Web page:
Census changes Charlevoix County Commission Districts

Drastic changes in some county commission districts

Every 10 years the physical area each Charlevoix County Commissioner serves is surveyed for population change.

Completed in tandem with the release of the U.S. Census figures, this survey – referred to as redistricting or apportionment – is directed by the federal government.

“I lost 37 voters,” said Charlevoix County Commissioner Chris Christensen.” So, I’m not nearly as affected as some other commissioners.”

The Charlevoix County Apportionment Commission, consisting of county Republican Party Chairman Tim Boyko, county Democratic Party Chairman Ken Allen, Charlevoix County Clerk Cherie Browe, county treasurer Marilyn Cousineau and Charlevoix County Prosecutor John Jarema, met to finalize its proposal on April 28.

True, Boyne City voters and those people living in Evangeline Township south of Shadow Trails will continue to have Christensen as their representative.

District 1 Charlevoix County Commissioner Shirlene Tripp’s seat will absorb the 37 voters in Evangeline Township who reside north of Shadow Trails.

According to Michigan law section 46.401, all of the state’s 83 counties must, within 30 days – 60 days for counties with population of 75,000 or more – of publication of the latest U.S. Census figures, apportion the county with between five and 35 county commissioner districts.

The challenges in this process, said Jarema, were several.

“Because the city of Charlevoix right now is split at the water, the people north of the bridge vote for one district and the people south of the bridge vote for another commissioner,” he said. “As a commission we tried to reduce the amount of local government splits.”

The apportionment committee had to maintain population from district to district that was within 11.9 percent of one another.

“Our numbers had to fall within the range of 4,087 and 4,580,” Jarema said.

The law also calls for the division to be in sections as square as is practicable and as even of population as can be realized.

If approved by the federal government, the largest changes in the redistricting process will be realized by Charlevoix County Commission Districts 1, 5 and 6, currently held by Tripp, Bob Drebenstedt and Richard Gillespie respectively.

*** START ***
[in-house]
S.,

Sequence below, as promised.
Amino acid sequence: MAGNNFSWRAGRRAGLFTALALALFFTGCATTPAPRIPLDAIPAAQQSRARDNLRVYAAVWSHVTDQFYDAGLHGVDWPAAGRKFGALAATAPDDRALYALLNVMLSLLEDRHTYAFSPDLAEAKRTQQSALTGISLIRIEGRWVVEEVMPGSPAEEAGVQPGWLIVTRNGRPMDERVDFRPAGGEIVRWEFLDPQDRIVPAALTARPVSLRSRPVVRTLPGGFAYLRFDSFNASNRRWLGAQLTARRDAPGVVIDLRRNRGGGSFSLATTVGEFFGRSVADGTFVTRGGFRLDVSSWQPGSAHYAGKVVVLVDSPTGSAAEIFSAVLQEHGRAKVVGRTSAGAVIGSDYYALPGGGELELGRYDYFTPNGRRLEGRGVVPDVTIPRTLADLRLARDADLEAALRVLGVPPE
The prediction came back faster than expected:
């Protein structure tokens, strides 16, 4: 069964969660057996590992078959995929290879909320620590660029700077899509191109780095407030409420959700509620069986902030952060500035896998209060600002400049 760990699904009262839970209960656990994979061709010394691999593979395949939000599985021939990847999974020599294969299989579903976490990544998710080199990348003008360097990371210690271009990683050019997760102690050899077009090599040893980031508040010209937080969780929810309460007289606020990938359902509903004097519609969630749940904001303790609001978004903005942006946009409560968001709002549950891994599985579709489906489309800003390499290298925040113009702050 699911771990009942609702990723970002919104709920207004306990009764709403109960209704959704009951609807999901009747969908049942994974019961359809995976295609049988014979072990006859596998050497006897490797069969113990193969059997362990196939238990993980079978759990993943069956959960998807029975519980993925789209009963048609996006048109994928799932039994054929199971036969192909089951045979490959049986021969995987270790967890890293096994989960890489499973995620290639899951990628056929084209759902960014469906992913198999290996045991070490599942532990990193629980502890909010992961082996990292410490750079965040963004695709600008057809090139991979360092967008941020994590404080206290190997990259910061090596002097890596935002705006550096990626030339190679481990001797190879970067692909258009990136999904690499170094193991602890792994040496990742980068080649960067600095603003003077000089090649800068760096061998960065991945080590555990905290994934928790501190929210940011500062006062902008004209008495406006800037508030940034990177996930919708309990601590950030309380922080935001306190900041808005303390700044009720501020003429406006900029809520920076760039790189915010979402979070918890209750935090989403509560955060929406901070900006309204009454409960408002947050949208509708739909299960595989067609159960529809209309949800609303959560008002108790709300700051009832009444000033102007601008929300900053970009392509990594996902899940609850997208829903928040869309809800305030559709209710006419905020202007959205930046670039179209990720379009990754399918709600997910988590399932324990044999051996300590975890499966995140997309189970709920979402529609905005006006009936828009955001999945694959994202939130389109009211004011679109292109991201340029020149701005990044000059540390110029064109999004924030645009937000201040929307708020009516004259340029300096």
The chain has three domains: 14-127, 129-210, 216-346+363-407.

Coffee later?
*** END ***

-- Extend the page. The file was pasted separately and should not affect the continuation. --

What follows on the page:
Prior to redistricting, Gillespie’s sixth district seat served the City of Charlevoix south of the bridge over Pine River Channel. Tripp’s first district seat served City of Charlevoix voters north of the channel.

The proposed redistricting map now shows all Charlevoix voters would be served by the new District 6 – the new candidate(s) will have to come from within the City of Charlevoix.

“This won’t take effect until after the next election,” Gillespie said. “Unfortunately, that would put Bob (Drebenstedt) and I in the same district race (for the District 5 seat).”

He added, “But, I strongly feel I can represent the new district as well as anyone.”

Tripp’s District 1 will gain the 1,403 voters of Melrose Township which was previously served by Ron Reinhardt’s District 3.

Reinhardt gains all of Wilson Township in addition to his current areas of Chandler, Boyne Valley and Hudson townships and the Village of Boyne Falls.

Half of Wilson Township was formerly overseen by Drebenstedt’s fifth district commission seat.

The new District 5 will pick up all of Beaver Island with St. James and Peaine townships in addition to the existing areas of Eveline and Marion Townships.

“If it means a better representation and balance for the cities and townships of the county, I’m willing to adhere to what the redistricting board puts forth,” Christensen said. “I wasn’t subject to a split township in the past, although it is a minimal split.”

He added, “I’m sure whoever represents those people will do so to the best of their ability.”

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